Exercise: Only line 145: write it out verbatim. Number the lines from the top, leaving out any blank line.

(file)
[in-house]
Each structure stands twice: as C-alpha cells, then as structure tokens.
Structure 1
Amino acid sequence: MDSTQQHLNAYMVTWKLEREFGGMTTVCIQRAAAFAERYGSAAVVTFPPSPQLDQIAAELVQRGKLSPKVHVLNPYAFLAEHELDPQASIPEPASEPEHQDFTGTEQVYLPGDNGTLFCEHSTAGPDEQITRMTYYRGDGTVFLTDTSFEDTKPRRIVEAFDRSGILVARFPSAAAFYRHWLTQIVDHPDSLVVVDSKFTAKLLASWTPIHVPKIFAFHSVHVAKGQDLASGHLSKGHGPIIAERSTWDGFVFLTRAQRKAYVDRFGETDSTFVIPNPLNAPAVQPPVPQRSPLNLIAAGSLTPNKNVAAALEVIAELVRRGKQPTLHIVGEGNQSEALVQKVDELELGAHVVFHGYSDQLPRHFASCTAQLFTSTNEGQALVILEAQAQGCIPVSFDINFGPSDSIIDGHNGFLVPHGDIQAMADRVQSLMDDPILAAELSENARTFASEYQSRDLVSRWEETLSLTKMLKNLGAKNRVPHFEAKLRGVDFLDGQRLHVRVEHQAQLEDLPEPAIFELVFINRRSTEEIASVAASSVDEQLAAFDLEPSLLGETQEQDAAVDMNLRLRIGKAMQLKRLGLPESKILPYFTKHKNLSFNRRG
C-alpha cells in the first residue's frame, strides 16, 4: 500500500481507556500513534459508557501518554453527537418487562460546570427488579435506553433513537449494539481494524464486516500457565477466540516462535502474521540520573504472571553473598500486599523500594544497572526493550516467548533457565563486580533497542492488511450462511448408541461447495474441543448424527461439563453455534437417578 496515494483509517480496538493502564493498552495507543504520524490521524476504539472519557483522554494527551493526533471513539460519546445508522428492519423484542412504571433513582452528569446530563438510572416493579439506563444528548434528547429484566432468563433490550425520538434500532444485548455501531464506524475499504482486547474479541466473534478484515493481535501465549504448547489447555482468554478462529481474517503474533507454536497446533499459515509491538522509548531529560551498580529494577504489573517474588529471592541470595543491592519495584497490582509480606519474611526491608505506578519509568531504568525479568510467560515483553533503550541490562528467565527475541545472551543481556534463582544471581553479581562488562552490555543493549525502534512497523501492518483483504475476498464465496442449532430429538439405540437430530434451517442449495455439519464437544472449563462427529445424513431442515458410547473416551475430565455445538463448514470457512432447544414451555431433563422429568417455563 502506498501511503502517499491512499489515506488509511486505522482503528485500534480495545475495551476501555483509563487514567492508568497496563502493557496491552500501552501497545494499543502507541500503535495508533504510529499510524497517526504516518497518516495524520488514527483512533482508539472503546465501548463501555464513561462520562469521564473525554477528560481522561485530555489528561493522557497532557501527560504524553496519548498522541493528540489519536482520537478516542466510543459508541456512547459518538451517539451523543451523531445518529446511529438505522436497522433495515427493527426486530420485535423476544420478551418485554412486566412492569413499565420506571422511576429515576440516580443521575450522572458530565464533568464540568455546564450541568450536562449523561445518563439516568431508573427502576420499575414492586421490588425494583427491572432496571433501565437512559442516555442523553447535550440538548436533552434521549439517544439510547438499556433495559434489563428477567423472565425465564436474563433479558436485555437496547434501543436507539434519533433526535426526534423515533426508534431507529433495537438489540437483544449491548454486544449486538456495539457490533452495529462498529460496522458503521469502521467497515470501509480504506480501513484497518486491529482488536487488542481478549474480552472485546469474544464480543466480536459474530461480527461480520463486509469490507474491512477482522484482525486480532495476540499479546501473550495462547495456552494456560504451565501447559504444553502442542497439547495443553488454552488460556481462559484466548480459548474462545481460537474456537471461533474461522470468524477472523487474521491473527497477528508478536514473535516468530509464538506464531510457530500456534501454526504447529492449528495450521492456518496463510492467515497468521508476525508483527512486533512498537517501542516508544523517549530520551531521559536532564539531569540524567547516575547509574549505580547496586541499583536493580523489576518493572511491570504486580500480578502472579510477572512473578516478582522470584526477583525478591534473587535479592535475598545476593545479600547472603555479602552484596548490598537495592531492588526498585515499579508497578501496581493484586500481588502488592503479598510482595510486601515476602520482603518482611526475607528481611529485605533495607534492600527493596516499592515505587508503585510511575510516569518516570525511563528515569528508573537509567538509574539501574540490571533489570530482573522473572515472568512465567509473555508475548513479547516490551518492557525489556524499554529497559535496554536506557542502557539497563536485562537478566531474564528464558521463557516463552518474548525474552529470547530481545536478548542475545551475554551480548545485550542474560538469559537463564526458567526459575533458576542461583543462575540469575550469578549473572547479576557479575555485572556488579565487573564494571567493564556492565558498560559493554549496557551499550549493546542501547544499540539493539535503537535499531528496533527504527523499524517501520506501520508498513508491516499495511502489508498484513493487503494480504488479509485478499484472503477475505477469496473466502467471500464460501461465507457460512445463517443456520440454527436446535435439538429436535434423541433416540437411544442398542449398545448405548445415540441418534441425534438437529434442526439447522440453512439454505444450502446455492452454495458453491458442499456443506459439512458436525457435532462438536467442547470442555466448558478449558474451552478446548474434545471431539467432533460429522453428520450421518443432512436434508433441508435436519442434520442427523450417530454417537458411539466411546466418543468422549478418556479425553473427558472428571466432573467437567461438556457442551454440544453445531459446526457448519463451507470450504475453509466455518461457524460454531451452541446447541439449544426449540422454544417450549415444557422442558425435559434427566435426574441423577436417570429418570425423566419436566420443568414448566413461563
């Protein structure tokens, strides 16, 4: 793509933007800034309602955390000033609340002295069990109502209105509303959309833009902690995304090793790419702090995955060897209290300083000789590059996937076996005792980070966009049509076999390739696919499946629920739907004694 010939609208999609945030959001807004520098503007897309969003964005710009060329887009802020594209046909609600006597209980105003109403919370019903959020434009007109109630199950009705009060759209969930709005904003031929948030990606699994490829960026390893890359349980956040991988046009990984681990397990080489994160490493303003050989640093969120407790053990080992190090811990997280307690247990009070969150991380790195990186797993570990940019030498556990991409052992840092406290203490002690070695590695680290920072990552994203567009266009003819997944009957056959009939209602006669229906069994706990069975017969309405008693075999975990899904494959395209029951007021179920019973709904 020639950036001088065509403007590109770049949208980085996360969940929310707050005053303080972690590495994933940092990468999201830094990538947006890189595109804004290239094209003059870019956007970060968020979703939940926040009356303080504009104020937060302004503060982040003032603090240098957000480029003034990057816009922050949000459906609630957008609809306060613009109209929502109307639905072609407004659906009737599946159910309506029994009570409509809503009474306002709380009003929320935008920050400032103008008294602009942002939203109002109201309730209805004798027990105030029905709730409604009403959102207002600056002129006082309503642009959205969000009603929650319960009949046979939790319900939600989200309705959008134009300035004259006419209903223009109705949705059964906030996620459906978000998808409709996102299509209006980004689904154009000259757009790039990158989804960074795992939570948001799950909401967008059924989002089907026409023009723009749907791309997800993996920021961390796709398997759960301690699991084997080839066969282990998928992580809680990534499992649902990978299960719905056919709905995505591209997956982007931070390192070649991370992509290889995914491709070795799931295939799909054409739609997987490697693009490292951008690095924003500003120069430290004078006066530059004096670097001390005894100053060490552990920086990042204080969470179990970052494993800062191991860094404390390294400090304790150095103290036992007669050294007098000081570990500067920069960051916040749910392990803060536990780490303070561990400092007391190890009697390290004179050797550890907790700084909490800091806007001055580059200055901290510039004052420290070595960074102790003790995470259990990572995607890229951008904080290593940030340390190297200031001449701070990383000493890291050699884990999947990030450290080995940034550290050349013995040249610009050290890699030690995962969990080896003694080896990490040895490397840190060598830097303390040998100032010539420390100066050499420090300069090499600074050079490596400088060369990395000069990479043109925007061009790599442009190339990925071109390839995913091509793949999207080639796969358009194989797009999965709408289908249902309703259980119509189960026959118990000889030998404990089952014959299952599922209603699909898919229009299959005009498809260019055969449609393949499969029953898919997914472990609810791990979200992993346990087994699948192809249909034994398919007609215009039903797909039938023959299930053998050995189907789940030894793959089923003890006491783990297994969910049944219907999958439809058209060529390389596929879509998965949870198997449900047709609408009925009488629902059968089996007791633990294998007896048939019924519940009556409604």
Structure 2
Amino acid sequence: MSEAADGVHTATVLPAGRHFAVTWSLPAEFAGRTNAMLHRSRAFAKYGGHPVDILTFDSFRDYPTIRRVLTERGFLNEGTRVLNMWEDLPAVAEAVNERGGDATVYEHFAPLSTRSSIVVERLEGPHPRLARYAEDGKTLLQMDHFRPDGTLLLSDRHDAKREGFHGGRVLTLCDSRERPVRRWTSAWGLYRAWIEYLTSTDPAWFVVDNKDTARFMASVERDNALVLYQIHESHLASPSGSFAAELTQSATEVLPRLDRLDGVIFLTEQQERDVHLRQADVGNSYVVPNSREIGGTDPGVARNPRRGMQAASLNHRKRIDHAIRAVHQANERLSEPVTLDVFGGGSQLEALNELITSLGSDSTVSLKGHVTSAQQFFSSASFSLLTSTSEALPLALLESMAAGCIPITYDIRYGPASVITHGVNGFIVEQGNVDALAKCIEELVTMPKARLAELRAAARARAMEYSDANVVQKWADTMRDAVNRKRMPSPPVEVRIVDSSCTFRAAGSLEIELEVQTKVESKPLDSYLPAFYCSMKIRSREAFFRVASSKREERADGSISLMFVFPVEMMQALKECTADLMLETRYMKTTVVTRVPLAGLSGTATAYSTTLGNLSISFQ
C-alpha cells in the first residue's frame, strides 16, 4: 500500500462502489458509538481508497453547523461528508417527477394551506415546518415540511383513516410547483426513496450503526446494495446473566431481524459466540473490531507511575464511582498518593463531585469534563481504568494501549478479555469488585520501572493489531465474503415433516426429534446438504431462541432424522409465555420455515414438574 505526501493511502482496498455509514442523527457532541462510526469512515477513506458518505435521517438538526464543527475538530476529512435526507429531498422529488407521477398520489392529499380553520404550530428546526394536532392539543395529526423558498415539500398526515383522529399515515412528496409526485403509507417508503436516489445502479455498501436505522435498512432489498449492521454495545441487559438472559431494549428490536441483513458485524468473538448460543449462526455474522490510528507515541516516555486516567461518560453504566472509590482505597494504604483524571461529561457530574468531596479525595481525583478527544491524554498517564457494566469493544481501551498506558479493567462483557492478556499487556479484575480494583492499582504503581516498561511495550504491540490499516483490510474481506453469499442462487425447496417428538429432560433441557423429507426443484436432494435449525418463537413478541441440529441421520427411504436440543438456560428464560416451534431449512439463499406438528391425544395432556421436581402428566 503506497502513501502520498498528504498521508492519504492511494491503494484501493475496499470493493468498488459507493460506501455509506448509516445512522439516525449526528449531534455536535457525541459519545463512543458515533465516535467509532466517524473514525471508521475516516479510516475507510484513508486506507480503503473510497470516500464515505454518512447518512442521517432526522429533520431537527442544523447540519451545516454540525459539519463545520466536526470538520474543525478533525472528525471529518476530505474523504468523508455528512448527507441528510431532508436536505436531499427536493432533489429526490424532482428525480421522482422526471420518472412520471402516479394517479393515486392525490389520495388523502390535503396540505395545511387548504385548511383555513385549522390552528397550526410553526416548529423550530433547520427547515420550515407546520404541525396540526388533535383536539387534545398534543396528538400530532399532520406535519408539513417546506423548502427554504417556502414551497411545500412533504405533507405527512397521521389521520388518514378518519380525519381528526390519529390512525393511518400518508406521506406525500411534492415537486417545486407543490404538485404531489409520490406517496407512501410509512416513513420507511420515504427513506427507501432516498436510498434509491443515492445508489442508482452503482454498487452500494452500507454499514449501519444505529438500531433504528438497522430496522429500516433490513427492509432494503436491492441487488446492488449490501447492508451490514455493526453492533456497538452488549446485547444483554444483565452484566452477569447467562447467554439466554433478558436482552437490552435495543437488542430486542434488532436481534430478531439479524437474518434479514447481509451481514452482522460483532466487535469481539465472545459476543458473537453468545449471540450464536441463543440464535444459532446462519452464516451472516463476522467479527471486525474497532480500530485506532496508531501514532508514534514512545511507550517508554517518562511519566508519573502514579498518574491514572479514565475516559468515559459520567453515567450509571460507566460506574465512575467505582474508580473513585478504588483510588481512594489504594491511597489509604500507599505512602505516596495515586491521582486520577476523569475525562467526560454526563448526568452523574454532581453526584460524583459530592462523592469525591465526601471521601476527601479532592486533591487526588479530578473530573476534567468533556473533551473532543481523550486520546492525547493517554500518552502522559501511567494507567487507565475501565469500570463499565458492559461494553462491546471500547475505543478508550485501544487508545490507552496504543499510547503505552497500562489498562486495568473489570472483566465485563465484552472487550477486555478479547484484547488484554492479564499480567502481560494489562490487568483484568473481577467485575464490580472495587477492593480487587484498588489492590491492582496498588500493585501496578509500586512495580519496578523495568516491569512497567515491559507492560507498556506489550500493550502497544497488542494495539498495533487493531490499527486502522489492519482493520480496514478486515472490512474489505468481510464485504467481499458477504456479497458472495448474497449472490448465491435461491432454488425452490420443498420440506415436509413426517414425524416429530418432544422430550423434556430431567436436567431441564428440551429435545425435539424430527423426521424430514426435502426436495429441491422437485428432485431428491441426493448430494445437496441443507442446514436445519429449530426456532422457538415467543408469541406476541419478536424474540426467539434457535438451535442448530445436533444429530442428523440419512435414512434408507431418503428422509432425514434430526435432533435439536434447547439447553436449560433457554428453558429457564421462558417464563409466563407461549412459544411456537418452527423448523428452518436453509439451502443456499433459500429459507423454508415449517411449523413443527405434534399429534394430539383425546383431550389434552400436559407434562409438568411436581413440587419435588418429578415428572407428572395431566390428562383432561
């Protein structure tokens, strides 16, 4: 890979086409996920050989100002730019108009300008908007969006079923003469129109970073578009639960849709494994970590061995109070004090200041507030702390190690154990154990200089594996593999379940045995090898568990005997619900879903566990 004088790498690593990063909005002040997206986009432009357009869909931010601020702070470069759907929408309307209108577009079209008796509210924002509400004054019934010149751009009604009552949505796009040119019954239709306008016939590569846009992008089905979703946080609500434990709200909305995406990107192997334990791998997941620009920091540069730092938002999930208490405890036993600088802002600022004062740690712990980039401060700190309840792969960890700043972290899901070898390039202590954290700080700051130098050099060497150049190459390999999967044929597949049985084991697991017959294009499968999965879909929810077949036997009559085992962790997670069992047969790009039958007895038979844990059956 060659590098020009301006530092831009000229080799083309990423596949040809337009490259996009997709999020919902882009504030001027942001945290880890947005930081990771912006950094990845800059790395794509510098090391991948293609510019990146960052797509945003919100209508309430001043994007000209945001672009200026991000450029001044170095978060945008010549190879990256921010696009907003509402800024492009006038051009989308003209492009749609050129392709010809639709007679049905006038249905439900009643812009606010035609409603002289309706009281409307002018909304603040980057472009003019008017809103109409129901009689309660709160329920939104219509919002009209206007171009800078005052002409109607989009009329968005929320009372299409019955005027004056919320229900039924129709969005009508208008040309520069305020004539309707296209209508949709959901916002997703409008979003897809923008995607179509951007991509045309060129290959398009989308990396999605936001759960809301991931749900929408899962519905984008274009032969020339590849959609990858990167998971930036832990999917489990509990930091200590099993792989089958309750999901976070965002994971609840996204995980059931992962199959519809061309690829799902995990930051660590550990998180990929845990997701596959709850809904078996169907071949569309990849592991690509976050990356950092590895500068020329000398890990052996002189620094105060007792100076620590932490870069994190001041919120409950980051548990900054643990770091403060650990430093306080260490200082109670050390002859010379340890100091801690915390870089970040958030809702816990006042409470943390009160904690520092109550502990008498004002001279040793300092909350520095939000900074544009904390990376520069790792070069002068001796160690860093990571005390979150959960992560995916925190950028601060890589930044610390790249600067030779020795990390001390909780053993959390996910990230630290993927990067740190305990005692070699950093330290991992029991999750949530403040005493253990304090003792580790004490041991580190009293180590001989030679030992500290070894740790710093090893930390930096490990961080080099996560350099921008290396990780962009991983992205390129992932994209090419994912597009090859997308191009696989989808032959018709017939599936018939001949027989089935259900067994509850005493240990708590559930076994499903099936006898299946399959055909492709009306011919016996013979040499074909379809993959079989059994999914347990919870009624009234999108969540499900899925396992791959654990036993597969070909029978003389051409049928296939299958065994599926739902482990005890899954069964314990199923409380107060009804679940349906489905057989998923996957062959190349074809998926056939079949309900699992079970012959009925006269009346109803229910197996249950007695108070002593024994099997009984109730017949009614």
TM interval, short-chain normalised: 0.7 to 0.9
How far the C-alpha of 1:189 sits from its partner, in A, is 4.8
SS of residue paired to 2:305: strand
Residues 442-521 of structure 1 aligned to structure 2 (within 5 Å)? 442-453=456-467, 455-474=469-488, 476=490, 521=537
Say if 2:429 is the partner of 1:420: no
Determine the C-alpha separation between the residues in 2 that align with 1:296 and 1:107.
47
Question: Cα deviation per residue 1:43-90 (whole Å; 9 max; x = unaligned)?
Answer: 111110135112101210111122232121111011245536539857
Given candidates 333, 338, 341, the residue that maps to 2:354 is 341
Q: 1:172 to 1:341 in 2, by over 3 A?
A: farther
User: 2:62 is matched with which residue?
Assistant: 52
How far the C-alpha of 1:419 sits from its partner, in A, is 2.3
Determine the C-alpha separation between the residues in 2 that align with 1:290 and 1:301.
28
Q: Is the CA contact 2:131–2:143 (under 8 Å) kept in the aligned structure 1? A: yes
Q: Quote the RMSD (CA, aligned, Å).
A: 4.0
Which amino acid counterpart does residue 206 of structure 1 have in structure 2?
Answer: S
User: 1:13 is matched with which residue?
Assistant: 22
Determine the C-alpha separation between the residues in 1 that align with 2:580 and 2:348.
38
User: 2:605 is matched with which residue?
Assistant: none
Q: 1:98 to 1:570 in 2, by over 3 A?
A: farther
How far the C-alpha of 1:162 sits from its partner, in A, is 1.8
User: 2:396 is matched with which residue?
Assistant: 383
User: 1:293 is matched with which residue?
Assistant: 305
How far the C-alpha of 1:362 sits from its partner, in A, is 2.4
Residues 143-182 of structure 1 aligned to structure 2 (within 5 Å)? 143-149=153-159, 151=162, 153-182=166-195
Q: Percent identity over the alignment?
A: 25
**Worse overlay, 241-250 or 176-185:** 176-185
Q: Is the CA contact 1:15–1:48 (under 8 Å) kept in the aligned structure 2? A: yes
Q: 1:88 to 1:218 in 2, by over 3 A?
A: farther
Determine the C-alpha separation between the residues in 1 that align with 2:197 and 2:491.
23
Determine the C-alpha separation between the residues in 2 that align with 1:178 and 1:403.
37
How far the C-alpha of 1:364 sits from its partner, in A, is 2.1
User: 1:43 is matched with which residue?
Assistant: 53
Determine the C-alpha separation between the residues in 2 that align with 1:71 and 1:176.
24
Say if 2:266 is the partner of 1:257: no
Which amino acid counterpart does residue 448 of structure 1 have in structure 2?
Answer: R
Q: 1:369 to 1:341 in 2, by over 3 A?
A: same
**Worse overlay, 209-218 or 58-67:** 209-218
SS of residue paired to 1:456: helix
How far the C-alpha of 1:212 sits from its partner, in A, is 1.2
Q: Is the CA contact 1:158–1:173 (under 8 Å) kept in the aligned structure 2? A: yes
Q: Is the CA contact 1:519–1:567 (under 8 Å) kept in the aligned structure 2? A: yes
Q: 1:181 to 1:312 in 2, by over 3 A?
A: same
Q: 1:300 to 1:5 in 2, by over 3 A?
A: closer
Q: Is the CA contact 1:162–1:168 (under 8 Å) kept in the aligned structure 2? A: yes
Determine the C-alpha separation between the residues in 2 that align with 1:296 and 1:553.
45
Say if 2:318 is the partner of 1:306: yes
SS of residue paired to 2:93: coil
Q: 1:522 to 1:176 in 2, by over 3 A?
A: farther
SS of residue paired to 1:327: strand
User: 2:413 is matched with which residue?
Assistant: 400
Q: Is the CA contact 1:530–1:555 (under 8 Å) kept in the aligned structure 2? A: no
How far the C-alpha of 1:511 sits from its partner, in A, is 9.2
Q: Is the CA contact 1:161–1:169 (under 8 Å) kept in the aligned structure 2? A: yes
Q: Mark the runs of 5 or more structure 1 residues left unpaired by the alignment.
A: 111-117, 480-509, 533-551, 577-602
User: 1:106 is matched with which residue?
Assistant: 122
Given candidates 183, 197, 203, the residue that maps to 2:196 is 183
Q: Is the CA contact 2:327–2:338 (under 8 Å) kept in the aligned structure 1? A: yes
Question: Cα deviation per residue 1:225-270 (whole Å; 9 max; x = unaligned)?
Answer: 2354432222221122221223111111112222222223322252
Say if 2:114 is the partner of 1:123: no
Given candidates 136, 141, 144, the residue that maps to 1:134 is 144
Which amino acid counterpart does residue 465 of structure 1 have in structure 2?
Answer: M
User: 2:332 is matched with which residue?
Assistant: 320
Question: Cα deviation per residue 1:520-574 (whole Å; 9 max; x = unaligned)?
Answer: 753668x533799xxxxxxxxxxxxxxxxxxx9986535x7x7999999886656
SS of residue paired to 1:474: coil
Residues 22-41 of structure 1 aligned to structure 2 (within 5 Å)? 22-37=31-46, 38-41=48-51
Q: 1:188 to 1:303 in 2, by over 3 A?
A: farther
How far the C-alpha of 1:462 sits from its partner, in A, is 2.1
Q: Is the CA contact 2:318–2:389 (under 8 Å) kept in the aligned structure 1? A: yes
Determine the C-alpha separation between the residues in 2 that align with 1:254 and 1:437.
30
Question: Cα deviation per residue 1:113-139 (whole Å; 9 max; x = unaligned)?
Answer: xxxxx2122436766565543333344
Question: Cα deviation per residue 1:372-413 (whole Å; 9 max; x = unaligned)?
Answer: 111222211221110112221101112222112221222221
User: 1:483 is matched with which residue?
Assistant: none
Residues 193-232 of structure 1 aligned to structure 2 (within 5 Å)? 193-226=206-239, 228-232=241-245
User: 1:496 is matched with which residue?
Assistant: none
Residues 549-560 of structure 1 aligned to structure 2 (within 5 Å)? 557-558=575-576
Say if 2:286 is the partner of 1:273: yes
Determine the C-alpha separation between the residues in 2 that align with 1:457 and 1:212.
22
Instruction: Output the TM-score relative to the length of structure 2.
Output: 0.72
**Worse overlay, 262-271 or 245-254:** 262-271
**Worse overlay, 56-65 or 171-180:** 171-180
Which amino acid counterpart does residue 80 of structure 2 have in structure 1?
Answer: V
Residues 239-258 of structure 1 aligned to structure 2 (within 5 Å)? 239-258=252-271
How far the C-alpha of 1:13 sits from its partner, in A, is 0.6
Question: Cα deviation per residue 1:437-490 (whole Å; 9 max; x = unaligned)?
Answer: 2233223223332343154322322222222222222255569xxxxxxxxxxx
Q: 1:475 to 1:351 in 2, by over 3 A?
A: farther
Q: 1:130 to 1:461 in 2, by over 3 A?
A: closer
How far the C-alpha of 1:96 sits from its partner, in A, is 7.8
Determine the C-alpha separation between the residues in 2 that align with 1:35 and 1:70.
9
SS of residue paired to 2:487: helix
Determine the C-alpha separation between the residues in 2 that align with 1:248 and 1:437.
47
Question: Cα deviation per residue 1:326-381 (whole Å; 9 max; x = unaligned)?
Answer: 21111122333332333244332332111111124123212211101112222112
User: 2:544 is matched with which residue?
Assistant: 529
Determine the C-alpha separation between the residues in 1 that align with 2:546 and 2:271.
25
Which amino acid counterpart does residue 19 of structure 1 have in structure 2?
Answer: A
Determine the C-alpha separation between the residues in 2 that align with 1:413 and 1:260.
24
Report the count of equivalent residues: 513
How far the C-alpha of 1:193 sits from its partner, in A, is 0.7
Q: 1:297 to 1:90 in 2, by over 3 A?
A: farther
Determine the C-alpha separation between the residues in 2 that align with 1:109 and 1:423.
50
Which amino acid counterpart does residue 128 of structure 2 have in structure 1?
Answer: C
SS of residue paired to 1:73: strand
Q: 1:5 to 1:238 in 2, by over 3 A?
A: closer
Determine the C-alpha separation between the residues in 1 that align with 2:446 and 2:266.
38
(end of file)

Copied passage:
Determine the C-alpha separation between the residues in 2 that align with 1:248 and 1:437.